Yeah, it's approaching the same problem, except the other way around.

It side-steps the ethical dilemma that I always had with pattern recognition software, too. Instead of teaching something that could be used to survey marginalized people, you're just creating cool stuff. All of the models in these generative software have no actual faces, so it’s not learning faces and assuming the bias we typically codify into face recognition software.

The Department of Defense is always contracting these huge companies like Google to use their existing machine running software and they use it for something awful like drones. But working with AI and generative art is nice because people can't really misuse your software or your results. I totally agree.
I have had a few people message me very concerned about my work, though. They think that it's going to automate away artists. It's really not. AI is going to be good for artists. Instead of automating them away, I think we're going to get a ton of really sick artists' tools that are powered by machine learning and AI. It is augmenting artists' creativity. Maybe a designer could hit a button, and it would generate a new outfit. They could look through those and get an idea to implement in their own practice.

A lot of work right now is self-referencing in a way that already feels algorithmic. When you actually put an algorithm in your hands, it forces you to create versions and derivatives. It draws conclusions you wouldn’t have considered, because it lacks the context that may inhibit you. It's helping forward the process along without devaluing it. Maybe this is a completely different version of fast fashion.

Like surreal, infinite fashion. There's no limit to how many outfits this AI model can generate. A lot of them might be highly similar, but you can generate infinite an amount. It has the potential to be infinitely fast fashion. Although I wouldn't want that, because fast fashion sucks.

It would also be impossible to replicate any of these in real life perfectly right now. The coolest thing about this AI is the weird, textural detail it illustrates.

That was what was disappointing when we were choosing a sweater example that we wanted to prototype. The textile technology isn’t there yet. Or at least, I don’t have access to it.

Some of the other things the AI attempts have already been done in different ways, by human beings. Like the weird red bleeds remind me of other [non-Balenciaga] work. Raf Simons' Sterling Ruby collection for Dior. Some of the galaxy-esque prints are reminiscent of Christopher Kane. Are there any pieces that remind you of designs that already exist, that aren't Balenciaga?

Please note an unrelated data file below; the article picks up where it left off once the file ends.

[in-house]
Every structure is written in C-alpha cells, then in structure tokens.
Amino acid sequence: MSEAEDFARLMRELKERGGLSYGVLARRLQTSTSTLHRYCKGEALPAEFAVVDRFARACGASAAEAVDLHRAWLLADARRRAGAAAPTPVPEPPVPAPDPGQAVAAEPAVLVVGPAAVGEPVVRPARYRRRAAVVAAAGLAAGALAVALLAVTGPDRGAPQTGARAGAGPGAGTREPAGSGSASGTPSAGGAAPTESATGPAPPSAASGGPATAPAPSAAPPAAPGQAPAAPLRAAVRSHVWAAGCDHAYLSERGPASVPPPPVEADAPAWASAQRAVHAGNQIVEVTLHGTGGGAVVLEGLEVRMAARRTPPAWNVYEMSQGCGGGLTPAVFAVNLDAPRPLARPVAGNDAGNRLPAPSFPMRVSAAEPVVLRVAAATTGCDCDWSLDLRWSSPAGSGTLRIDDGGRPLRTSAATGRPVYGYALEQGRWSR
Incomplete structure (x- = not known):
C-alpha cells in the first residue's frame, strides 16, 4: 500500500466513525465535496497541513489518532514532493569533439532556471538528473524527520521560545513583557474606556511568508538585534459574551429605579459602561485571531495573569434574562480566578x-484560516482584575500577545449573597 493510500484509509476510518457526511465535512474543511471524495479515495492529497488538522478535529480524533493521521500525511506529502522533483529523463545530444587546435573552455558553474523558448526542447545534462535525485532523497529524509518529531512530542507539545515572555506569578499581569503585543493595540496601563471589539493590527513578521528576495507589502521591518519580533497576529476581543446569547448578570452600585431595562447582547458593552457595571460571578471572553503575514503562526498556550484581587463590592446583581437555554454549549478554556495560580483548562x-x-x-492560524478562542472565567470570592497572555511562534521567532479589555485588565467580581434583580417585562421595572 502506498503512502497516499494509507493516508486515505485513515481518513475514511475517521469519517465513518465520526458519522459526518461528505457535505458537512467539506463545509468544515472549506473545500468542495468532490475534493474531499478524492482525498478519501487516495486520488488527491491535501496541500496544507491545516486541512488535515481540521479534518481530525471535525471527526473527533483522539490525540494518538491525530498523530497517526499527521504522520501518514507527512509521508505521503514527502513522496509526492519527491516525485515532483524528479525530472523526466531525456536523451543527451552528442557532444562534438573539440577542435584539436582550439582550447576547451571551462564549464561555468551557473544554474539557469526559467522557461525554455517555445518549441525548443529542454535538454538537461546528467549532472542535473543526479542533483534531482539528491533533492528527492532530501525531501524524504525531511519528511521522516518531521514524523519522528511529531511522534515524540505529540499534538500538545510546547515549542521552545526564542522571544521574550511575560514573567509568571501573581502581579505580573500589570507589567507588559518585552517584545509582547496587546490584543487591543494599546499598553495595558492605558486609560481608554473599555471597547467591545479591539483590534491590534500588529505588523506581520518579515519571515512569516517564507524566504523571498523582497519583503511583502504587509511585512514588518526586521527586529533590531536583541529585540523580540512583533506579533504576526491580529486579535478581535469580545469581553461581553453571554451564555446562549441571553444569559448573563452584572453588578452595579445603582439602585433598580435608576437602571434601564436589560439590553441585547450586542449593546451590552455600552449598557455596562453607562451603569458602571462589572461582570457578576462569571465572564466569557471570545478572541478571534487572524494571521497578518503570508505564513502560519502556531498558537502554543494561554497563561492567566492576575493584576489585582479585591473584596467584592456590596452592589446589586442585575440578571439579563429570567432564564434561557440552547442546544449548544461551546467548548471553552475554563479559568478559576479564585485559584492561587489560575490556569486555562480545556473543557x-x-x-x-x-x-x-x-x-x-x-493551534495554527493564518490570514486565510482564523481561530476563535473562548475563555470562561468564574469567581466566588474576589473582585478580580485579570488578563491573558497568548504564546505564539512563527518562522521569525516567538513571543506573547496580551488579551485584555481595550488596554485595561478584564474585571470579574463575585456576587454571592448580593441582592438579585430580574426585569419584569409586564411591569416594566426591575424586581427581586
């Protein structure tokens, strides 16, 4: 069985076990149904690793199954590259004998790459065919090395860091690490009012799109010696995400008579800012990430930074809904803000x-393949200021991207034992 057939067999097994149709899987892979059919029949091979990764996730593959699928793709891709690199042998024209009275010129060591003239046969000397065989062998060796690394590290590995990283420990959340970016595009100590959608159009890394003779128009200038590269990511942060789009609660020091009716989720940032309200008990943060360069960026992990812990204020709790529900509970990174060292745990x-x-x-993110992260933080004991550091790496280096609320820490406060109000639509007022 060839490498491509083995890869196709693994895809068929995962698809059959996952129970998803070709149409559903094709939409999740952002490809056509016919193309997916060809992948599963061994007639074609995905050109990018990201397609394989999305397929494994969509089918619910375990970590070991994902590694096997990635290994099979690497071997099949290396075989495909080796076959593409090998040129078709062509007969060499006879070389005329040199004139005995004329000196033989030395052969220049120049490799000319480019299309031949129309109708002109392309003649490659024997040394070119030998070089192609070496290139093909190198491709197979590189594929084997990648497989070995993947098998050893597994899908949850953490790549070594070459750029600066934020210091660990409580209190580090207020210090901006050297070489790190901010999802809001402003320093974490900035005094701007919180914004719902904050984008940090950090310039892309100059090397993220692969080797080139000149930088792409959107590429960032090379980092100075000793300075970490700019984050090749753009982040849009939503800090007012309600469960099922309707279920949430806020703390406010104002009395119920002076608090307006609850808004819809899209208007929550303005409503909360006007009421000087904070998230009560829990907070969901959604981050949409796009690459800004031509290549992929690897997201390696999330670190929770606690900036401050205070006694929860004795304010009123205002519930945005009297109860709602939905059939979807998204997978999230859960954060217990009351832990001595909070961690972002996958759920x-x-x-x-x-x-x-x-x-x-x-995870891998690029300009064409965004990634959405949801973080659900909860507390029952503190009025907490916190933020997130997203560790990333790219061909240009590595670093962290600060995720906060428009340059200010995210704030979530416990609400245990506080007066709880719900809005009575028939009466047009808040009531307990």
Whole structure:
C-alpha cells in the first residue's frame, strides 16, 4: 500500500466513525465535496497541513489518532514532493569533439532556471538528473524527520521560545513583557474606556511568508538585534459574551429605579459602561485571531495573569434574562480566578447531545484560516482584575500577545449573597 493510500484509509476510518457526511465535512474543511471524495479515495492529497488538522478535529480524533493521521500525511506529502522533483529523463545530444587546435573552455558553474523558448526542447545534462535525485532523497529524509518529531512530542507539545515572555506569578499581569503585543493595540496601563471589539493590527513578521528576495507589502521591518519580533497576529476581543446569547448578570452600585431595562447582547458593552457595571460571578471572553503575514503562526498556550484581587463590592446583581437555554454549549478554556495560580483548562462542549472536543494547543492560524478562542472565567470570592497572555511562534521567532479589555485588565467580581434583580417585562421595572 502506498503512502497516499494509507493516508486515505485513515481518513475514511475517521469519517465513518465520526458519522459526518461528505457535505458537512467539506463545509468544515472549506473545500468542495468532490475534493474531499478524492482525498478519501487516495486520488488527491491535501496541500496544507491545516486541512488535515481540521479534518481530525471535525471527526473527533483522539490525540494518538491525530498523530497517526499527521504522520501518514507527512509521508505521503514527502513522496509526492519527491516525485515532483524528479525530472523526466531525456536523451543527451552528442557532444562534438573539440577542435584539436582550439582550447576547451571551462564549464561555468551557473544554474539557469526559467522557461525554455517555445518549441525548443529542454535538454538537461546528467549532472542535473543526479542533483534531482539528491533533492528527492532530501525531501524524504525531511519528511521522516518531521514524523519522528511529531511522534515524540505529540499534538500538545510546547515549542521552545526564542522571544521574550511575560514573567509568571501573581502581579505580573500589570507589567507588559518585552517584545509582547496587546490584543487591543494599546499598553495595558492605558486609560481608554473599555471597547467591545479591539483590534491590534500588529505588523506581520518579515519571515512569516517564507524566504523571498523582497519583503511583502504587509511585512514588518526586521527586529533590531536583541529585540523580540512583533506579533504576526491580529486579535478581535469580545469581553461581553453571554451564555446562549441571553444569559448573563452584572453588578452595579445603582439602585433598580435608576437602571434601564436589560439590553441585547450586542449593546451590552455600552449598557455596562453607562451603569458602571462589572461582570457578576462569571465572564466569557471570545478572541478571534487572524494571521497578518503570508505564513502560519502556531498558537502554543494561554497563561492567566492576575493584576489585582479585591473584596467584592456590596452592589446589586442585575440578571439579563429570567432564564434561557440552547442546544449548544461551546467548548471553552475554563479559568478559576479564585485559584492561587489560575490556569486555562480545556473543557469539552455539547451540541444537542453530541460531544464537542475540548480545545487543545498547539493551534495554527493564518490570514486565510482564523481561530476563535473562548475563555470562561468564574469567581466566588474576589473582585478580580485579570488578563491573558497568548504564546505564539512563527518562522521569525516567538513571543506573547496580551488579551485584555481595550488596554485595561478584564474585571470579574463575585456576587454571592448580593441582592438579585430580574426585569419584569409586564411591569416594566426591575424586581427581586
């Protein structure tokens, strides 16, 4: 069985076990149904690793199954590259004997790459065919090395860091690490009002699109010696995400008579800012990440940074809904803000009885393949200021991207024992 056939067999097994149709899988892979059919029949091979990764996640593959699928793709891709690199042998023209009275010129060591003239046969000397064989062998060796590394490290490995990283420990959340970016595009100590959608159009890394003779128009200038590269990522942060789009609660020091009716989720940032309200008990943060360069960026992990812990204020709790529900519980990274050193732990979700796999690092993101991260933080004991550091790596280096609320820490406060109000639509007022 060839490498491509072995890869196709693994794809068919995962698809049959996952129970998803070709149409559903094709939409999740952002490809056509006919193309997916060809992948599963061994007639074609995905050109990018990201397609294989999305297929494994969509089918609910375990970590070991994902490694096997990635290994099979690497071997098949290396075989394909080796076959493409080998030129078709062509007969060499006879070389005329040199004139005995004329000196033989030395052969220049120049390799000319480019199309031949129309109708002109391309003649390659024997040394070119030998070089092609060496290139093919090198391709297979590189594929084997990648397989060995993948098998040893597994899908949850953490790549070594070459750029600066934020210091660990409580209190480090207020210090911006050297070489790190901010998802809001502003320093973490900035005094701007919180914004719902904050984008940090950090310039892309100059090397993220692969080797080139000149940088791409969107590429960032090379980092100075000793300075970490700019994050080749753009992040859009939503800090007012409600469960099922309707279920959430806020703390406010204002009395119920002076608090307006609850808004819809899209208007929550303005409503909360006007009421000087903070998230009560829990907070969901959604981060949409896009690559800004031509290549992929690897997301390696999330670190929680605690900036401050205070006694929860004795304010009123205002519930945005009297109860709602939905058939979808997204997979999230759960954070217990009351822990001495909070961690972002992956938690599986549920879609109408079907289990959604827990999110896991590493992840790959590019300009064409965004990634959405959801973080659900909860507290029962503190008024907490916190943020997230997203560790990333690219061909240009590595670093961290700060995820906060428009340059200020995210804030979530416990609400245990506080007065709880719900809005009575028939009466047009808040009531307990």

Well, that is hard for me to answer, because all of the fashion that I read about and look at is Balenciaga.

[Laughs] That’s why this is so fun to me. You don't have to be a fashion expert to create this. You're coming at it from a different vantage point.

A big part of my role in this collaboration with the machine is really that of a curator, because I'm curating the input data that it gets, and then I'm curating the output data that the network gives me and choosing which results to keep, and which to discard. All of the results are pretty good. A lot of them look like normal Balenciaga, and I don't really consider that the point. The point is to train the network on Balenciaga and see if it will generate something different, to see if it will misinterpret Balenciaga.

Mistaking it into something entirely different.

Yeah, exactly! There are some super cool examples of that, like with the shin bag. A human at Balenciaga designed normal bags, right? And the people walk down the runway carrying the bags in their right hands. The network saw this and misinterpreted it, because it doesn't know what bags are for. It doesn't know that people carry things in bags. It doesn't know that you need a handle to have a bag, and it always sees bags

It creates a completely different conversation. That particular example is so interesting to me, because that pant leg is also red at the point of connection, the point of body heat. So it's highlighting the point of relationship, not just being a bag.

Dude, yeah.

You have all of these results and you try to pick specific ones. What qualifies a result as a success to you?

I don't know if I consider any of the results that I've posted so far to be successes, but what makes the results stand out to me are novelty, variance, and distance from the actual Balenciaga collection.

I am done with the questions besides the obvious one: if Balenciaga knocked on your door and asked to collaborate, what would you say?

Oh my gosh, yes. Are you kidding? I mean, I'd have to. You can't say no to that.

  • Interview: Arabelle Sicardi
  • Images/Photos Courtesy Of: Robbie Barrat